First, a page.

Online Bidding

Bumper turnout sees strong performance in March Fine Art Sale

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A strong turnout of bidders in the room bolstered by an enthusiastic online following saw strong performances at our March Fine Art Sale (14th & 15th March 2019). We take a look at just some of the highlights of a sale which achieved the highest percentage of lots sold for over two years…

Day 1 – Art and paintings
Day 1, with a focus on art, showed a diverse range of paintings and mixed media artwork bringing in the bids. The star of the show has to be Lot 300 – an 18th Century English school oil on canvas portrait of Portrait of Rev. John Owen D.D. Unframed, and with the canvas having been re-lined, it was among several paintings consigned by a longstanding local vendor, and saw the hammer fall at an impressive £2,600. In stark contrast stylistically, an early highlight was a collection of seven modern prints, including Doug Hyde and Paul Horton (Lots 14 – 20). They achieved a combined £915; evidence that the auction room can provide great finds for those looking to furnish modern interiors, too.

The sale also generated a few ‘sleepers’ throughout the day. These included Lot 24, a styling drawing for coachbuilders J Gurney Nutting & Co. of an Airflow Saloon 3 1/2 litre Bentley Motorcar, watercolour, pen and ink, signed and dated ‘MAC 1936’ lower middle right for A.F. MacNeil (1891-1965). It sold, alongside a further selection of hand coloured Bentley ‘styling’ images, for £700 to a buyer in the room – shattering its estimate of £50-80. Lot 70 also caused something of a stir – three unframed sketches of nudes signed Duncan Grant (1885-1978) and carrying an estimate of £70-100 sold for £1,200 to an internet bidder, as did lot 170 – 19th / early 20th century Italian school watercolour signed D.Nittis and featuring a street scene with a lady in black hailing a Hansom Cab, which went for £1,300 to an online bidder.

Another hidden gem was Lot 256 – a continental oil on canvas depicting a harbour scene with figures and moored vessels. Carrying the signature H.S.T., dated lower left for 1923 and framed, the bidders were out in force with a phone bidder finally winning the lot at £850. Lot 25 proved a surprise hit – an unsigned mezzotint on etching paper, entitled  ‘A Philosopher giving a lecture on the Orrery’  it sold for £320 – proving that engravings are not quite so ‘old fashioned’ as one might think.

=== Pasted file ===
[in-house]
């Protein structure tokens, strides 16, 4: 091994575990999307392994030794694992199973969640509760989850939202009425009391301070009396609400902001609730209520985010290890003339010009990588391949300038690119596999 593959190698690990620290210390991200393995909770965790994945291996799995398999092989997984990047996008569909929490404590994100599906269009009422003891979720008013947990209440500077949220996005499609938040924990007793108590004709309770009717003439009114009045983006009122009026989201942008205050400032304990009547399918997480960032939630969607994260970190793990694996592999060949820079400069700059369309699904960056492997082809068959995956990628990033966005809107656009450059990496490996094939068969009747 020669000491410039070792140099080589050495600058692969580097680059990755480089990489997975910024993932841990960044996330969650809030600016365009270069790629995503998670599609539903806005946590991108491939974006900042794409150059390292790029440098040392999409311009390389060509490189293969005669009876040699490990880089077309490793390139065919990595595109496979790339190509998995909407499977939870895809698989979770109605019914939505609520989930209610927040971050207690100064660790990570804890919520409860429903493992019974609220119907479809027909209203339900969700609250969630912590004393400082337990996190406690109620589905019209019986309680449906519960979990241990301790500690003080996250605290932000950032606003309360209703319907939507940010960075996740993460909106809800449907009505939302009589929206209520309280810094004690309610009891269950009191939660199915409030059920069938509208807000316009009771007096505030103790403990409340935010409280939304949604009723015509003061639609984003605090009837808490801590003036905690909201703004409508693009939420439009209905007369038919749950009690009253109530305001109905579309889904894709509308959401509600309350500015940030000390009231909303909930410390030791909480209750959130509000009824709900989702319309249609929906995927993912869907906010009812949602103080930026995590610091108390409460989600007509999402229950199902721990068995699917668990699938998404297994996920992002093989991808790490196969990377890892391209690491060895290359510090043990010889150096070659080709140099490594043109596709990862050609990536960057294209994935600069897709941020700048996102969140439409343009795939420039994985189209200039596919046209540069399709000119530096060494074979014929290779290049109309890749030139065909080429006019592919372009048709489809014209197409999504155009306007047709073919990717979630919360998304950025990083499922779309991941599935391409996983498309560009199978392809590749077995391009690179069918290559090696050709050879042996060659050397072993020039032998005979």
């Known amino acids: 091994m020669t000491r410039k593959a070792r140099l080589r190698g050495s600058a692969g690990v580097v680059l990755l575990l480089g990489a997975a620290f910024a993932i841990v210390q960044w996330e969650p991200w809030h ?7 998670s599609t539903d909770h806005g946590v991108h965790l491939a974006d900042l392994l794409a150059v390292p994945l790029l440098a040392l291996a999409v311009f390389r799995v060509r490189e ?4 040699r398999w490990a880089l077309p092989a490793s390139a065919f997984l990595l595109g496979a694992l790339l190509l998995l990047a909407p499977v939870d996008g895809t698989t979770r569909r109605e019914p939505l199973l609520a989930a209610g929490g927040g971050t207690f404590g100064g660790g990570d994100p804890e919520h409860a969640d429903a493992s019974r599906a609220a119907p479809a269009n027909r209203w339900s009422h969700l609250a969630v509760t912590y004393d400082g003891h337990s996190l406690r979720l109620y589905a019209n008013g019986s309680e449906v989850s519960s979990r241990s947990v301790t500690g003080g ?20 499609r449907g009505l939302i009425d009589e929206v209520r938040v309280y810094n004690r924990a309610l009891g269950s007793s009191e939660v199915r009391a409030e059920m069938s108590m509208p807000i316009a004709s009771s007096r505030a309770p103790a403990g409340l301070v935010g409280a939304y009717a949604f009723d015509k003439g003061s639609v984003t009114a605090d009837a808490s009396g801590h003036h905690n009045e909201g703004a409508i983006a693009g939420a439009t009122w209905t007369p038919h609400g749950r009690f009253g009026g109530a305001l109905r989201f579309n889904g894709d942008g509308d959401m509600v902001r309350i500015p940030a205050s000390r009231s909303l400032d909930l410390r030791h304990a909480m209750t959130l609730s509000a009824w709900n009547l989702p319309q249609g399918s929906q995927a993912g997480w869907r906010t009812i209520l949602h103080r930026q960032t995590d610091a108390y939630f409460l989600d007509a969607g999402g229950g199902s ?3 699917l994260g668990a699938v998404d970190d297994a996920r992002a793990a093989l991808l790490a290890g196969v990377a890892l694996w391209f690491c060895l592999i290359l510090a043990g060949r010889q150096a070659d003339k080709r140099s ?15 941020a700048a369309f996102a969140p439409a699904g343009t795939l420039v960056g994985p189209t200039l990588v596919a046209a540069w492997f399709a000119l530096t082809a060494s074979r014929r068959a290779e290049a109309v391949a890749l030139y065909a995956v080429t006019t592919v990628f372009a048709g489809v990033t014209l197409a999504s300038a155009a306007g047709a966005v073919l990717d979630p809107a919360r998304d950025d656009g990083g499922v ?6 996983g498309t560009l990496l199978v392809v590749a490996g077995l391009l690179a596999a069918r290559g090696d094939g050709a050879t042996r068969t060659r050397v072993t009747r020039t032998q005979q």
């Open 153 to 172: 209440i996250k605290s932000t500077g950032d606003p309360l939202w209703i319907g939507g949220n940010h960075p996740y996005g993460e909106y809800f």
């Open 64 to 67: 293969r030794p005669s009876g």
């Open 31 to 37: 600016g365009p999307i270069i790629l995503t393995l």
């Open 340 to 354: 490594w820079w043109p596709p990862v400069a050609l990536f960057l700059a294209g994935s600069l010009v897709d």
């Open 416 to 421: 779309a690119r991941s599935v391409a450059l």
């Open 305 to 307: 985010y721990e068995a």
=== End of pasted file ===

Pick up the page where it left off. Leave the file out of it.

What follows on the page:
Continuing the olde-worlde theme was a rather interesting collection of reproduction paintings consigned from Castle Lodge in Ludlow. Painted by West Midlands artist Paul F Workman for the filming of the 1997 film adaptation of Moll Flanders, which shot scenes on location at the historic house, they comprised lots 278 – 281 and sold for a combined £1,010 – all to internet bidders.
While the internet generally reigned supreme, there were some exceptions to the rule – Lot 156, a watercolour entitled ‘Palmy Days’ dated 1877 and signed lower left Edith Martineau, saw a telephone bidder beat stiff online competition when the hammer fell at £340. It was a bidder in the room, however, that won lot 265 – a French school stormy wooded river scene by Charles LeFevere (1875-1956) – with the signature missing due to damage, the impressively-framed piece sold for £480.

Many of the lots featuring in the sale hailed from local sources – Lot 216, a watercolour entitled ‘The Accusation’ and signed Edgar Bundy originated from a local deceased estate, selling for £500. A local estate also consigned lot 451 – an unsigned Dutch School oil on panel winter scene with figures on an icy river, which sold for £500. However, vendors from further afield are also noting Cuttlestones’ growing reputation for selling artwork – Lot 351, and unsigned oil on canvas Old Master-style religious study dating from the 17th/18th Century and presented in a hand carved swept frame was consigned by a vendor from Lancashire; going on to sell for £500.

Day 2 – Everything else!
Day 2 heralded another decent showing in the room for a diverse catalogue covering vintage clothes & textiles; dressing table items & collectables; Jewellery including costume & vintage; watches; coins; silver, silver plate & metalware; wine, whisky & spirits; glass & ceramics; oriental works; Treen, militaria & misc; clocks & barometers; furniture, rugs & lighting and vehicles & outdoor effects.